The next significant act alleged by plaintiff is that by letter dated August 6, 1975, and signed by defendant Harhigh, plaintiff was informed that effective August 8, 1975, he was being placed on thirty-day leave without pay because plaintiff's alleged drinking problem during working hours interfered with his duties; that plaintiff had refused certain counseling and/or rehabilitation services and that the thirty-day leave without pay was to be used by plaintiff to seek professional treatment. He was further advised to forward written certification to the department that he was undergoing treatment within fifteen days, or face further disciplinary action. The complaint alleges that a true and accurate copy of said letter is "attached hereto, marked Exhibit `A' and incorporated by reference herein". No such letter was, however, attached to the complaint.

Next follows paragraph 15 in which plaintiff avers that one or more of the defendants is responsible for a newspaper article describing plaintiff's suspension for "chronic alcoholism" and inability to perform his work-related duties, which appeared on the front page of The Delaware County Daily Times on Monday, August 11, 1975.

In paragraph 16 it is alleged that by a letter dated September 24, 1975, signed by defendant Pulakos, plaintiff was informed that as of September 12, 1975, he was dismissed from his position for failure to comply with the conditions of the August 6th letter referred to in paragraph 14, in that he did not seek help for alcoholism and provide written certification of that fact within fifteen days.

The plaintiff in paragraph 17 of the complaint alleged that he "was never given a hearing or other reasonable opportunity to refute the charge of alcoholism or improper performance of his duties by reason of alcoholism."

Since plaintiff's position was a "patronage" policy-making one, he could as previously shown, be discharged under normal circumstances even if he was performing his duties with all efficiency; only if he is to be discharged for improper performance of duties due to alcoholism is notice and hearing essential for due process. Logically, it would appear that the first requirement would be notice and hearing to establish or refute the charge of being an alcoholic. If, after a hearing, it is shown that the person was not an alcoholic, he as previously indicated, could be discharged summarily with no hearing as to the quality of his performance. Perry v. Sindermann, 408 U.S. 593, 92 S. Ct. 2694, 33 L. Ed. 2d 570 (1972); Keyishian v. Board of Regents, 385 U.S. 589, 87 S. Ct. 675, 17 L. Ed. 2d 629 (1967); See also Elrod v. Burns, 427 U.S. 347, 96 S. Ct. 2673, 49 L. Ed. 2d 547 (1976).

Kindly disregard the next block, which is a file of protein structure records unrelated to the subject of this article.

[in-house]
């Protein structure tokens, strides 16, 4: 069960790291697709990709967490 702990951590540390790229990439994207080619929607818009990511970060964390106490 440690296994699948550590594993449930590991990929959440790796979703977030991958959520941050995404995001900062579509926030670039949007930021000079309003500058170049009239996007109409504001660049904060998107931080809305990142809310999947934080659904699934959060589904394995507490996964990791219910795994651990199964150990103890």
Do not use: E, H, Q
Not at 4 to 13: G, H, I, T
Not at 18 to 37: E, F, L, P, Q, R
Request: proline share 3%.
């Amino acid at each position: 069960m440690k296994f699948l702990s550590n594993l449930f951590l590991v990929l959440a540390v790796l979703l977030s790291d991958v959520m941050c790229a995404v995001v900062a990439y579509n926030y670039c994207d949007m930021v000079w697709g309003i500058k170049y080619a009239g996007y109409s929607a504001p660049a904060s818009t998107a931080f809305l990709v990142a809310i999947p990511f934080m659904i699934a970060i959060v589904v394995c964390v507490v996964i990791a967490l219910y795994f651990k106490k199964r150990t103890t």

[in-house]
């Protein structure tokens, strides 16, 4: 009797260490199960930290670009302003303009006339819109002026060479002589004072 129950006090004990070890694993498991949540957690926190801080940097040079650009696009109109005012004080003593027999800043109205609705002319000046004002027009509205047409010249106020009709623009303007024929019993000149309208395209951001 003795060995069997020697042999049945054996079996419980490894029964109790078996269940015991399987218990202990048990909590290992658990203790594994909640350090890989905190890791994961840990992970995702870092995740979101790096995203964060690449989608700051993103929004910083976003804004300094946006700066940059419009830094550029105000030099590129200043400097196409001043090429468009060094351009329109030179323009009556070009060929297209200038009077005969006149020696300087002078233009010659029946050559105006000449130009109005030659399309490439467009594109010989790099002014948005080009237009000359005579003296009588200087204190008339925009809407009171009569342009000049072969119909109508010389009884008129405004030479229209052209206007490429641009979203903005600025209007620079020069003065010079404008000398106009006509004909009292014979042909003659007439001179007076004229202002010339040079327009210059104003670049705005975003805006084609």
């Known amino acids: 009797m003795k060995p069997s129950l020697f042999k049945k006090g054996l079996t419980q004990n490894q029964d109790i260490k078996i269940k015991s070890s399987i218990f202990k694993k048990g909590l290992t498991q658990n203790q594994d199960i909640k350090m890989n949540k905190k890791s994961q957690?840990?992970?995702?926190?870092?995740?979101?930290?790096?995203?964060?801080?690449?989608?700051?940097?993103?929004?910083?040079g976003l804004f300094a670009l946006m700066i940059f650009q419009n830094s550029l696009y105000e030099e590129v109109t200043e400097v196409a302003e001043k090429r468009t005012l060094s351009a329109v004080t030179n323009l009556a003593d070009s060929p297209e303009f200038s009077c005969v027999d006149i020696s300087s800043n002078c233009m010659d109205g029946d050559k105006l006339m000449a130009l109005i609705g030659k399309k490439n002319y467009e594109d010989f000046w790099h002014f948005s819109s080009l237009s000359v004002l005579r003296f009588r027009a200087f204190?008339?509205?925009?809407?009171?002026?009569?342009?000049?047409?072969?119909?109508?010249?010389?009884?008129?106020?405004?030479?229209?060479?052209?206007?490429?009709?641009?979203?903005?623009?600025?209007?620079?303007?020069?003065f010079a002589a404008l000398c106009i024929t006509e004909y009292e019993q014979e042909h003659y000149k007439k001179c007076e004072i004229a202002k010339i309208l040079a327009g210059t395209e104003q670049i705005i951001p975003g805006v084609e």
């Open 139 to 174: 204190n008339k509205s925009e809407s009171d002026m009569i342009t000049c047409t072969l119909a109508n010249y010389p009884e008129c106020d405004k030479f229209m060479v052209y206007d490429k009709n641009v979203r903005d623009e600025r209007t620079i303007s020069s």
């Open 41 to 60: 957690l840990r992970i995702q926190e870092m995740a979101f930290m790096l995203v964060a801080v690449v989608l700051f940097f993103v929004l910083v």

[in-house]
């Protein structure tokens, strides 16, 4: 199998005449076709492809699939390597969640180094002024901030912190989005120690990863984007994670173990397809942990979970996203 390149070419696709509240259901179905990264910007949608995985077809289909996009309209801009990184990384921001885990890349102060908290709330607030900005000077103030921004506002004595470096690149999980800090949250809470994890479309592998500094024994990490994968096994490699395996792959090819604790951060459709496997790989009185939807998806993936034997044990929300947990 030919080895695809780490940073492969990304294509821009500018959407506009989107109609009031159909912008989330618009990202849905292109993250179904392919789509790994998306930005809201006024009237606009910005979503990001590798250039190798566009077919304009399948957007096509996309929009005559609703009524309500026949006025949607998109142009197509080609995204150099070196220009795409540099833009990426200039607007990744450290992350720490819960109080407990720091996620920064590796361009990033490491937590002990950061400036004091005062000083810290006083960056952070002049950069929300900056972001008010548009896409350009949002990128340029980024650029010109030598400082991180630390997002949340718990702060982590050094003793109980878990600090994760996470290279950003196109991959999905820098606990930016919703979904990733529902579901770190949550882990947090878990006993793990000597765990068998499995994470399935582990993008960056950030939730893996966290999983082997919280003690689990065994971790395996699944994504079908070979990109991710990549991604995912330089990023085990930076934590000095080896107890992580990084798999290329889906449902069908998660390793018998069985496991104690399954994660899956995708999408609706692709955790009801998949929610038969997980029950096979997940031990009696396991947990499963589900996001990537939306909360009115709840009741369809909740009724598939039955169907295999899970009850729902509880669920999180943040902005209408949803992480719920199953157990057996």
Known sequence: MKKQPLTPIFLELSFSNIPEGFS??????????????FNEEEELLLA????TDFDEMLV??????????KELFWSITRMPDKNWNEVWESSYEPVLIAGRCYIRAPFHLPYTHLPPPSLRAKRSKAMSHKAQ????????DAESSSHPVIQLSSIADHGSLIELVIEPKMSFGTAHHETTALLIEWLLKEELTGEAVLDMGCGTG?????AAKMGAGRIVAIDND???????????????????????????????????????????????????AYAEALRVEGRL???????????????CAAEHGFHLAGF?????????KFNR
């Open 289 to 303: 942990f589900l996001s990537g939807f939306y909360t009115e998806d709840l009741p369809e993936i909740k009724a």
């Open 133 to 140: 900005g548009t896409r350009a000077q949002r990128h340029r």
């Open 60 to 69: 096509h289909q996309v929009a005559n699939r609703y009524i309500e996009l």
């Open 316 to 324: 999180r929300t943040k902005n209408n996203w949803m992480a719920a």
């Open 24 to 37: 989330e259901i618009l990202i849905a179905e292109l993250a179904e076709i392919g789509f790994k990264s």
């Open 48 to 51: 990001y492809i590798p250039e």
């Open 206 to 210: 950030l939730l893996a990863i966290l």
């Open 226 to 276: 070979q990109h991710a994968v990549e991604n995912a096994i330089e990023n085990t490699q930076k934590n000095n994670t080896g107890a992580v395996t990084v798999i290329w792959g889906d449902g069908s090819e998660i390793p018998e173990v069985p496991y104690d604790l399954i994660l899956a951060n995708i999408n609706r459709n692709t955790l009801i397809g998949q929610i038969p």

If it is established that a person is an alcoholic, and that fact is to be published in connection with a possible discharge, it would then be necessary to provide for a hearing on the question whether the alcoholism had interfered with the proper performance of his duties. The plaintiff denies both the alcoholism and improper performance of his duties.

Plaintiff's claim for relief rests upon 42 U.S.C. §§ 1981 and 1983, with jurisdiction conferred upon the court by 28 U.S.C. §§ 1331 and 1343(3). His complaint alleges that his job was terminated as a result of a conspiracy and without due process of law.

Plaintiff cannot rest upon his bare allegations to the extent that they have been controverted by affidavit or answers to interrogatories. Rule 56, Fed.R.Civ.Proc.

Thus, plaintiff's allegation that he was never given a reasonable opportunity to refute the charge of alcoholism is negatived not only by paragraphs 8, 9, and 10 of *427 plaintiff's complaint, but also by defendant Mau's response to interrogatory number 1, in which he states that, pursuant to the request of Elizabeth Salayar, Personnel Director of the Pennsylvania Department of Transportation at St. David's, he fixed July 17, 1975, at 9:00 A.M. at the Rosemont District Office, as the time and place to meet the plaintiff to discuss the problem; a drinking problem which, according to paragraphs 8 and 9 of the complaint was brought to plaintiff's attention by defendant Garzia, Pulakos and Christopher on May 1, 1975.

In defendant Mau's answer to interrogatory number 7, he states that he "in the presence of the plaintiff telephoned Richard Miller, Director of Therapy, Chit Chat Farms on July 17, 1975, for the purpose of arranging a meeting between the plaintiff and Mr. Miller at Chit Chat Farms; such meeting was set for July 31, 1975. Defendant made a second telephone call to Mr. Miller's office for the purpose of cancelling the meeting on July 21, 1975; Mr. Miller being absent, defendant Mau at that time stated without comment to his representative that plaintiff did not wish the meeting to take place and denied having a drinking problem."

The purpose of the proposed conference of July 31, 1975, is explained and is significantly shown by Exhibit 1, to defendant Mau's answer, which is a letter dated July 25, 1975, written by Mau to Mrs. Salayar, Personnel Director, Pennsylvania Department of Transportation. In that letter he writes, inter alia: